Why Do People Dislike Basecamp? “Blank Canvas” Syndrome?
I collaborate with lots of different teams, and collaboration often involves project management software. I myself am a Basecamp junkie, but when I suggest Basecamp or ask others why they do not use the application I frequently get responses ranging from the relatively benign “Basecamp does not do what we need” all the way to the snarky “Basecamp sucks.” I always find these appraisals of Basecamp curious. I typically make a small sales pitch for Basecamp and then back off, assuming that I might learn something new by collaborating with a different tool. Sadly, I never learn anything new. Every small team I work with uses project management software in the same way: as one big to-do list. So, in my experience, the debate is not about features.
At its core Basecamp is just a fancy to-do list tool. But the folks at Basecamp have done a world-class job of building an amazing application. Adding, assigning, and communicating about tasks is fast, easy, and enjoyable. Basecamp messages are never lost and it is very clear if someone is waiting for you to complete a task. Too often other project management software products on the market fail to achieve the same objectives. As a result, they can be more of an annoyance than a tool.
This post is not a review of Basecamp. What I find so interesting is this: Why isn’t Basecamp used by more of my colleagues? My theory is that Basecamp suffers from “blank canvas” syndrome. When you first create your Basecamp account there is no predefined way to organize your projects. You have an empty window waiting for you to create to-do lists. You have to decide with your team how to use Basecamp. Other project management tools tend to guide you into their way of organizing a project. Being guided is good for getting off the ground—but can be bad for long-term satisfaction with a product.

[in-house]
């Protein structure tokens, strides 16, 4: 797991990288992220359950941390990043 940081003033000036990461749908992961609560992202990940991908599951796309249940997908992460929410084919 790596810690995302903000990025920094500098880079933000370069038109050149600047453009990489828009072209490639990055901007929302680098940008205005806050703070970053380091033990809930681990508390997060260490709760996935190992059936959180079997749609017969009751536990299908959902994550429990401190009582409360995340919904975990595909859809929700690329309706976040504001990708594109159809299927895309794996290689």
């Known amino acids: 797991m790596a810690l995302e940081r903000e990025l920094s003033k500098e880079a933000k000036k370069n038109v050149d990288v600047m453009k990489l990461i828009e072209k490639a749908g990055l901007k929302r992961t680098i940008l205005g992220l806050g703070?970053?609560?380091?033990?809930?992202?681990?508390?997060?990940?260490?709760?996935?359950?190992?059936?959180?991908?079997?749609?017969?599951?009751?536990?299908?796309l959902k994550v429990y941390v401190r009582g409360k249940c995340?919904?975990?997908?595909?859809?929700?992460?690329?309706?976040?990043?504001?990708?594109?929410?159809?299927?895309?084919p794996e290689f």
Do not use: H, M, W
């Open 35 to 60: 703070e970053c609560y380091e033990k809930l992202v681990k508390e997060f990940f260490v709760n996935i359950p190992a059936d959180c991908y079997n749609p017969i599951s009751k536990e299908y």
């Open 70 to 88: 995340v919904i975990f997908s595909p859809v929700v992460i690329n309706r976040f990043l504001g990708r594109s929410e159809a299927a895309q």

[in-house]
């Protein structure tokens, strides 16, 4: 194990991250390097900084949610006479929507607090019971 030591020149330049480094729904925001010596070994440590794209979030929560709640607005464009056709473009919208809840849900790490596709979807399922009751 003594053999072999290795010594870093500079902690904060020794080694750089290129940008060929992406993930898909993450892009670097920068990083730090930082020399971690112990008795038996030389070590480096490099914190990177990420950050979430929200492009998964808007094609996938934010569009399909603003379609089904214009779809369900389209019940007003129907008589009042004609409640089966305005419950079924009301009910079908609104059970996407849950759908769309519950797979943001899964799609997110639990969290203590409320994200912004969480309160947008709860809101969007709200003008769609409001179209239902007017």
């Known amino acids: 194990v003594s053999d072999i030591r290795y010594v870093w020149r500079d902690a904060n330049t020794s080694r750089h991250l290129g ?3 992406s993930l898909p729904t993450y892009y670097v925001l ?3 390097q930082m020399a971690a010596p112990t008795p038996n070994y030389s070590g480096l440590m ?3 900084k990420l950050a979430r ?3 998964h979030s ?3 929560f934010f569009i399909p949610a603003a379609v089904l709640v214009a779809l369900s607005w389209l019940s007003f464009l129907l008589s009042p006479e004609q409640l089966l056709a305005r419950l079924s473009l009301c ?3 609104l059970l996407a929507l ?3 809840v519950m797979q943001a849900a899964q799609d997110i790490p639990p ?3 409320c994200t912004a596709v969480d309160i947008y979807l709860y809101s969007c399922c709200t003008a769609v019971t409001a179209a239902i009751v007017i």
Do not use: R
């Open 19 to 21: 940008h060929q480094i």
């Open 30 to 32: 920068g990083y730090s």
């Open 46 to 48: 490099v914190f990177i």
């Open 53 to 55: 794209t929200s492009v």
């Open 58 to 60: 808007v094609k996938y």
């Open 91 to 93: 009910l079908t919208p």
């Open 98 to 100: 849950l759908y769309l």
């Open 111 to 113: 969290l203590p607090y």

Do you want software that you can craft to meet the needs of your team (hello Basecamp) or do you want software that your team has to adjust to? When you frame it like that Basecamp should always win. But the blank canvas seems to scare people off before they even come to this realization.
In my experience when a team gets to decide how they engage their project management software the team stays more organized and gets things done faster. When choosing software don't forget that a "blank canvas" might be more powerful than it appears to be.